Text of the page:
By Paulomi Das:
Aipan is a traditional artform which reflects the culture of Uttarakhand. The traditional Aipan is a rice paste (white) is used to make patterns onto the red base called geru (red). The art form comprises of designs made out of dots and lines where the dots signify completeness and life, and the lines signify continuity. This art form was considered an intrinsic part of the cultural heritage of Kumaon, a region in Uttarakhand. Over the course of time, the practice and usage of this art had subsequently declined due to the migration of Kumaoni people to different parts of the country leading to lesser number of people knowing about it.
Looking at the deteriorating state of this art form, there was a strong need for it to be revived. A group of students focusing on entrepreneurial action worked on a plan to employ a group of eight Kumaoni women who had the knack and artistic skills for Aipan.
Inspired by the auspiciousness behind the traditional Kumaoni art form, Enactus at Indraprastha College for Women, came up with their flagship venture “Project Aipan” which was officially introduced in 2014. The project aims to tackle the dual objective of reviving the art form, and at the same time, empower, financially and socially, the small community of Kumaoni women.
Aipan comprises of various lines, dots and geometric patterns, all of which conveys a special meaning used for spiritual and religious purposes. Each motif and element drawn on it is a reflection of India’s rich cultural heritage, for instance, one of the motifs depicts a Hindu deity such as Goddess Lakshmi showing wealth and strength of mind.
Traditionally, Aipan is drawn on floors and walls of homes, but Enactus IPCW transformed this art form into luxury and utility products such as diaries, pen stands, pillow covers and canvases, etc. These products are handcrafted and painted by the community of women who are the main stakeholders in this project and have tremendously been able to enhance their skills since the project started.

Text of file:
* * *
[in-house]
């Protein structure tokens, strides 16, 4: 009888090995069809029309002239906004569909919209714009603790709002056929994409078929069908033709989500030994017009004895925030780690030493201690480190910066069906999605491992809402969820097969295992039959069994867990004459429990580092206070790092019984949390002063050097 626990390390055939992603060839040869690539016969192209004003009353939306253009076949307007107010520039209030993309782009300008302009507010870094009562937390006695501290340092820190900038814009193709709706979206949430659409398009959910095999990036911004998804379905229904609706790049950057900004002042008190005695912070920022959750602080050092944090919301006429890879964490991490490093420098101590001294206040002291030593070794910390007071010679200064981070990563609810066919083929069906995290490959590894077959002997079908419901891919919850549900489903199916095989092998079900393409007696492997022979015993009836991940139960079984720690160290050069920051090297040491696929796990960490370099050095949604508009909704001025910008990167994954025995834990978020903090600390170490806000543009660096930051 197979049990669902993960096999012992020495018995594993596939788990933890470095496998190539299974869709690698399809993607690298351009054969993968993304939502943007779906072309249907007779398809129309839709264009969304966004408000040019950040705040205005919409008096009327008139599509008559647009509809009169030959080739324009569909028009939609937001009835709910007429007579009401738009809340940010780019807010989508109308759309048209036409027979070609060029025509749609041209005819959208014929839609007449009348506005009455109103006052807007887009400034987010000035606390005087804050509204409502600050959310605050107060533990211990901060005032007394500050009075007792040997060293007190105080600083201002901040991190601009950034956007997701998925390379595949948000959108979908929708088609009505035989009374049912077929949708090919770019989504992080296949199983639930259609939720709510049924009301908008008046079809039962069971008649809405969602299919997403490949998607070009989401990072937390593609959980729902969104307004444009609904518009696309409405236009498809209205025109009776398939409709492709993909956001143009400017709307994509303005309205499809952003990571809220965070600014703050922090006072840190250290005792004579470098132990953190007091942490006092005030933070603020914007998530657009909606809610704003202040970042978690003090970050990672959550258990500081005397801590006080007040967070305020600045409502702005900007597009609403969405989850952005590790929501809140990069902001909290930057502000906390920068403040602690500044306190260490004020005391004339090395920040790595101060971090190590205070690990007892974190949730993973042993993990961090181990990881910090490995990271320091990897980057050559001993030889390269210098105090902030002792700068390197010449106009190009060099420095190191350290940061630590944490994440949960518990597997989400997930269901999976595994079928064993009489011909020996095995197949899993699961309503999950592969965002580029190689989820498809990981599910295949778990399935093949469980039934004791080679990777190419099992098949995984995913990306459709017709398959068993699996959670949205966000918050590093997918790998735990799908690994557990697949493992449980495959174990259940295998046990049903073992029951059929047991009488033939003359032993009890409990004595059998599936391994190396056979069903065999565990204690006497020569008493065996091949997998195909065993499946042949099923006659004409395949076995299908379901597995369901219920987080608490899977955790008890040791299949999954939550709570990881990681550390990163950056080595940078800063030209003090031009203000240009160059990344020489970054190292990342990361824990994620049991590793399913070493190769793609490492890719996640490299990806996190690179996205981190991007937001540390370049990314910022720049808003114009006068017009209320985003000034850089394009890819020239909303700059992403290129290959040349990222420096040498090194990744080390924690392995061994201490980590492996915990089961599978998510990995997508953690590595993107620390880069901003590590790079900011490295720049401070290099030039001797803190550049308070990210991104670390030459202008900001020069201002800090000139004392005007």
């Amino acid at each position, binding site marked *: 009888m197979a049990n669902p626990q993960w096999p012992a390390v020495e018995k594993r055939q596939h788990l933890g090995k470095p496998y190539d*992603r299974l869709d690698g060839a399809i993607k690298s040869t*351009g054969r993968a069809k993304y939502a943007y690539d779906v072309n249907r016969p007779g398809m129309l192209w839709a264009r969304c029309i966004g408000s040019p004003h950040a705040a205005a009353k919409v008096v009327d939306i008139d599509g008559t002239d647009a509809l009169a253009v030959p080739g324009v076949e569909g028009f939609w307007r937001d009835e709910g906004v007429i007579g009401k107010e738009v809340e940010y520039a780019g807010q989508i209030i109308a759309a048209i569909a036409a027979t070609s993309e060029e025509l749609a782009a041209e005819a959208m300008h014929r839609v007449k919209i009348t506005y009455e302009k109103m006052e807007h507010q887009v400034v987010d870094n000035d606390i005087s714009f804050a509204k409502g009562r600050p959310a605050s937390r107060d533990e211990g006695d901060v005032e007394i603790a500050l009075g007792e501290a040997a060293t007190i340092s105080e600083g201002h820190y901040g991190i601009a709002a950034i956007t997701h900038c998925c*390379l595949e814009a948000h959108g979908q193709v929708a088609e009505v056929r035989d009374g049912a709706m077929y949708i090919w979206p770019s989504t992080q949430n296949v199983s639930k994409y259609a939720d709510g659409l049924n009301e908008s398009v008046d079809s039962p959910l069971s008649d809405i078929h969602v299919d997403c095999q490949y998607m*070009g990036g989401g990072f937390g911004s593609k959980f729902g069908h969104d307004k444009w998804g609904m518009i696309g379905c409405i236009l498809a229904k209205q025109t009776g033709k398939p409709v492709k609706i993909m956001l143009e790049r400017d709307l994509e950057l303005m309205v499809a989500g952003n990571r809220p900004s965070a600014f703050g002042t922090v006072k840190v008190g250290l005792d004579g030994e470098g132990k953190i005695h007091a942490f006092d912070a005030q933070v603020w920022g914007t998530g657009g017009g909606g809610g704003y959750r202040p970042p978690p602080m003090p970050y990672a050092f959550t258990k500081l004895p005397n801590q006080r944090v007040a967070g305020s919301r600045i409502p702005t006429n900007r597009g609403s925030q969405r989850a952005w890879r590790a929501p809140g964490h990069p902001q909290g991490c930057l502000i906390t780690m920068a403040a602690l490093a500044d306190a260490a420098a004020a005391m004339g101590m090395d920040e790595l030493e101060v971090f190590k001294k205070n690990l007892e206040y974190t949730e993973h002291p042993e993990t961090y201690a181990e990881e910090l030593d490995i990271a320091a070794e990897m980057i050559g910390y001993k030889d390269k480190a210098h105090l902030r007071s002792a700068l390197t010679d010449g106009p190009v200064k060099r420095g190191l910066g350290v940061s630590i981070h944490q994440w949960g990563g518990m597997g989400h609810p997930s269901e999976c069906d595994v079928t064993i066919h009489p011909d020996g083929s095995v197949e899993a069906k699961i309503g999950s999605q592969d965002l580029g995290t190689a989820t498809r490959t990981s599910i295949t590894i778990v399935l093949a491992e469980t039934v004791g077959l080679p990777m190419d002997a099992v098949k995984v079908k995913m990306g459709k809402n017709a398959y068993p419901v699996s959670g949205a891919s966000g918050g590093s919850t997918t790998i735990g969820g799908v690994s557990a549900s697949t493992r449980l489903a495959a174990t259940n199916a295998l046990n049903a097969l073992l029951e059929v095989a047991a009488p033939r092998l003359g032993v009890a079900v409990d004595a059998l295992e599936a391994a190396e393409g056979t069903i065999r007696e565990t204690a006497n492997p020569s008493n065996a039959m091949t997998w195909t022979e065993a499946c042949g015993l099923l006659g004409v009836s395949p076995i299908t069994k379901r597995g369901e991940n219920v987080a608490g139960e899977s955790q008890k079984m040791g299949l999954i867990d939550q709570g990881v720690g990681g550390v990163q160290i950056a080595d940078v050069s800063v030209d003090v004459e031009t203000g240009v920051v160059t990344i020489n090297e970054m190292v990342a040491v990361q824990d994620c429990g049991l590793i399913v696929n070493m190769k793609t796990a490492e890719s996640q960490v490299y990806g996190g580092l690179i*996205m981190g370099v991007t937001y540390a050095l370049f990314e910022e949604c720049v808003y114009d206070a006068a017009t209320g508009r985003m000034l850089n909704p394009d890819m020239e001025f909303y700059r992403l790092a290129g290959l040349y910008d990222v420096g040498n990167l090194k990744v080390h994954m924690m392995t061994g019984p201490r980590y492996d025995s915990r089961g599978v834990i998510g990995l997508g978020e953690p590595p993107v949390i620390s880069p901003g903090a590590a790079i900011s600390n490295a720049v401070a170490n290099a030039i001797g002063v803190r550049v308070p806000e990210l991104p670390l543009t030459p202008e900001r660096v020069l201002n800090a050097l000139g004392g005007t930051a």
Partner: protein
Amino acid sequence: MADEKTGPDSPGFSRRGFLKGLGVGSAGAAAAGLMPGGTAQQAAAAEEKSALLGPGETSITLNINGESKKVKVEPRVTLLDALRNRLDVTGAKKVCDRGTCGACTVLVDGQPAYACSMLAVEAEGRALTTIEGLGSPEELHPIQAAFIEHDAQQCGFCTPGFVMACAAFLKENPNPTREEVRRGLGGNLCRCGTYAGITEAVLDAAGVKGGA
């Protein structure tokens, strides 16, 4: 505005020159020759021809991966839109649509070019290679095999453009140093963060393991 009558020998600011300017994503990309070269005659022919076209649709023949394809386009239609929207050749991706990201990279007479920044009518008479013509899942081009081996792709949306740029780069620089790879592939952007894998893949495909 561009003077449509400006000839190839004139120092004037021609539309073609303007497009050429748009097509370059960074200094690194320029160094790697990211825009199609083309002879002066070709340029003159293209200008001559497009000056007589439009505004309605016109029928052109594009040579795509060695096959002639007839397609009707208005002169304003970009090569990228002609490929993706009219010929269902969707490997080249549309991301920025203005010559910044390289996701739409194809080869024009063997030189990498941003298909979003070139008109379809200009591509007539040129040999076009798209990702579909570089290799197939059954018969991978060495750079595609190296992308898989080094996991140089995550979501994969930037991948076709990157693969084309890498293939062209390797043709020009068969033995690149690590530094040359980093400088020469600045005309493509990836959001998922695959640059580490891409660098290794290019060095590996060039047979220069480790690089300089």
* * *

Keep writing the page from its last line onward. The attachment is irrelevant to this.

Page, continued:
Before these products are fully crafted, regular art training sessions are conducted in order to refine their artistic skills. The beneficiaries have weekly classes with an art teacher, who is a student at NIFT Delhi. Here, they are taught how to work on different bases, like cloth or wood and are taught ways to improve their efficiency and finesse. The team has seen a significant change in the community’s social engagement.
Project Aipan has mutually benefited members of the community as well as the team members. “Seeing happiness and confidence on the faces of the community and experiencing the growth of Aipan which was an erstwhile dying art form, gives me contentment. Working under this project was a phenomenal experience”, says Radhika Sareen, a member of Enactus IPCW.
Akshaya Elangovan further adds, “The community’s zeal for paving their own path towards success and their determination to become financially independent despite their lesser privileged background has touched my heart and motivated me to stand on my own feet and face the world.”
Enactus IPCW is currently trying to organise the community into a self help group in order to make the project sustainable and take a step further in ensuring that the beneficiaries can become completely independent.